Skip to Content
Author's profile photo Former Member

Getting started with Microsoft Office Web Apps and SAP NetWeaver Gateway

Remember my last post about introducing Office Web Apps? You might have also read about one million Office 365 licenses being sold?. Just imaging you could tap into this and enrich the Office integration with data coming from SAP!

Like mentioned before my main goal of this blog is to get you started. As a result you should have an app running in Outlook that will show you detailed product information on products that are mentioned in an email that is sent to you.Without the need to leave Outlook.

No matter if you are a SAP guy wanting to embrace Microsoft technologies, or if you are a Microsoft guy who wants to enrich Microsoft applications with SAP data — I want to make sure that you can follow these examples even if you work with SAP or Microsoft for the first time.

One last thing before we get started… This blog grew and grew… But instead of having a whitepaper, I still want to keep this as a blog since I guess I will have to update it frequently. You probably also know that I like to do a lot of screenshots — so again apologies for the length of the blog, but I really hope it makes it easier to follow!

OK, the first thing that we have to do is create and register a user both at the SAP Community Network Developer Center and Office 365 Developer Site to have an SAP NetWeaver Gateway OData feed that we afterwards can consume in our Outlook running on Office 365.

Starting with Office 365 Developer Site

It is quite simple to setup and register for an Office 365 Developer 30 day Trial account. Just go to and follow the steps outlined there:


Click on “Try it free” and enter all relevant fields:


The settings under User-ID (not shown in the screenshot above) will determine how you access your Office 365 Portal later on (e.g. in my case the username will end up with a SharePoint Online URL:

When you click on “Create My Account” you should soon after get a confirmation email and should also be able to access  the Office 365 admin center.


Great! Now we are also ready to open our new account via Outlook Web Access (just click on Outlook at the top [you might have to refresh the page in order to enable the Outlook link] or go to and log in with the user you just created, in my case This is the place which we want to extend to display data from SAP


Before we continue: In addition to the steps outlined above I can only recommend that you take a close look at what you can all do with this Office 365 Developer Pack. There are A LOT of things that you can do with this 30 day trial — just play around.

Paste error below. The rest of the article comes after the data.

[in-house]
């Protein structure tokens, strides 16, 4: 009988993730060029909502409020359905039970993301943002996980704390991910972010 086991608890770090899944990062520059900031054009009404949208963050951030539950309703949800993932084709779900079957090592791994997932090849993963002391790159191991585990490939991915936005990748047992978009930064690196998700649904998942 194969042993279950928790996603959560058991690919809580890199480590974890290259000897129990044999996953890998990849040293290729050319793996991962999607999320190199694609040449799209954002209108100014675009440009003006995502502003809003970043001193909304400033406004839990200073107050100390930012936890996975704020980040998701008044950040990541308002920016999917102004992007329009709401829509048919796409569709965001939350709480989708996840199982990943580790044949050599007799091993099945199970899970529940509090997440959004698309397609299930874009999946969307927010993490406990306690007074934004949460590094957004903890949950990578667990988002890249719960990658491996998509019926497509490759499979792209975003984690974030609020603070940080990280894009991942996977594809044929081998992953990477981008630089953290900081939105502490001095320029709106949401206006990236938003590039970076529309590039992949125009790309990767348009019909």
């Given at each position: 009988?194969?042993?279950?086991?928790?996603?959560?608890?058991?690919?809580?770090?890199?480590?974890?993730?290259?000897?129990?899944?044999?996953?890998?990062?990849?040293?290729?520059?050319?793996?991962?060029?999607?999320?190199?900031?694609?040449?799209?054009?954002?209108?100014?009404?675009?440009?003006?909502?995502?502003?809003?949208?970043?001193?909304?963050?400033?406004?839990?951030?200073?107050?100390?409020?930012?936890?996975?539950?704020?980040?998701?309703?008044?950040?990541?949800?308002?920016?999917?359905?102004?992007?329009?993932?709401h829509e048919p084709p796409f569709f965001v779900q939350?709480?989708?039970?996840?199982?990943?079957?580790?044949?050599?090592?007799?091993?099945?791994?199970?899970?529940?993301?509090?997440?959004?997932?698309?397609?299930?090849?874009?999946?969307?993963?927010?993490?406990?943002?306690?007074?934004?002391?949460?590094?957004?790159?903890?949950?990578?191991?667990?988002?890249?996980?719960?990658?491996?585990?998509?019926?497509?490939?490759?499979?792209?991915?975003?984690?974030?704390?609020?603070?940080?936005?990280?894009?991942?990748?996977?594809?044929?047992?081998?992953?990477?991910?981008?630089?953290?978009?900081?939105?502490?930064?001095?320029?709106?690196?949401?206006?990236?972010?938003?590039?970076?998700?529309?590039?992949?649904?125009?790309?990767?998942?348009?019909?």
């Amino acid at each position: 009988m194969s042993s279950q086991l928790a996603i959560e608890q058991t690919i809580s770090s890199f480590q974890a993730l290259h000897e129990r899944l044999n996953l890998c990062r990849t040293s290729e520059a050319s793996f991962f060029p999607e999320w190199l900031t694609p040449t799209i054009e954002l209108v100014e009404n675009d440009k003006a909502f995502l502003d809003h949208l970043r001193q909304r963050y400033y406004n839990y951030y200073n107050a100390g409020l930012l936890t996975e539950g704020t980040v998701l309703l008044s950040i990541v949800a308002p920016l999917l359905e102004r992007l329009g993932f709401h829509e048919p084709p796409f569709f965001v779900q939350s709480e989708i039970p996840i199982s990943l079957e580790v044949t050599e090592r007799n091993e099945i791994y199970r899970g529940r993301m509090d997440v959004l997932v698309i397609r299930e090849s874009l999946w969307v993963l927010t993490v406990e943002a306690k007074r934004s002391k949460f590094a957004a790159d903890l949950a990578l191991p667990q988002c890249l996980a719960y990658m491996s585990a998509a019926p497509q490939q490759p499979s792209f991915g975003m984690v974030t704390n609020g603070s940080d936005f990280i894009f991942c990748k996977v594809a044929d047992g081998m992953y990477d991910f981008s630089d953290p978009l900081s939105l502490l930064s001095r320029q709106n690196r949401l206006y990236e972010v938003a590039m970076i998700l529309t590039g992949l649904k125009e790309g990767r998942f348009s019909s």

Developer Center

Since you are probably reading this blog on SCN anyway I only quickly want to outline the steps that are required to register and consume a sample OData feed. The place where we want to end-up is here:

We want to be able to consume the this OData URL for which we need a username and password (actually you can do much, much more with these credentials. For example you can also create your very own OData feed. There are lots of great tutorials available in the Developer Center which I can definitely recommend). Getting these credentials is quite simple.

At first we need to register on SCN.

Go to the URL above (the NetWeaver Gateway Developer Center) and click on Register in the top to create a user for the SCN (I am just using the Email address that I created for my Office 365 account):


After entering the relevant data an email will be sent to activate the account:


and we will get the activation email in Outlook:


Just click on the link to finalize the registration.


Now we can Sign-up for the SAP NetWeaver Gateway Service Consumption .


Just click on the sign-up form and finish the registration


Perfect. Now we can consume this OData feed for example in IE9 (you might have to add the suffix ?format=xml to render the results correctly)


Again before we continue, I want to highlight (similar to the Office 365 Developer Pack) that you can do A LOT of things with this SAP NetWeaver Gateway Developer center. There is much, much more to it, than this simple access to an OData URL. Just browse and experience the Developer Center yourself.

Lets get started

We are all set. In our Office 365 admin center click on Build Apps (or go directly to the SharePoint site that was created when we signed up for the Office 365 trial, in my case: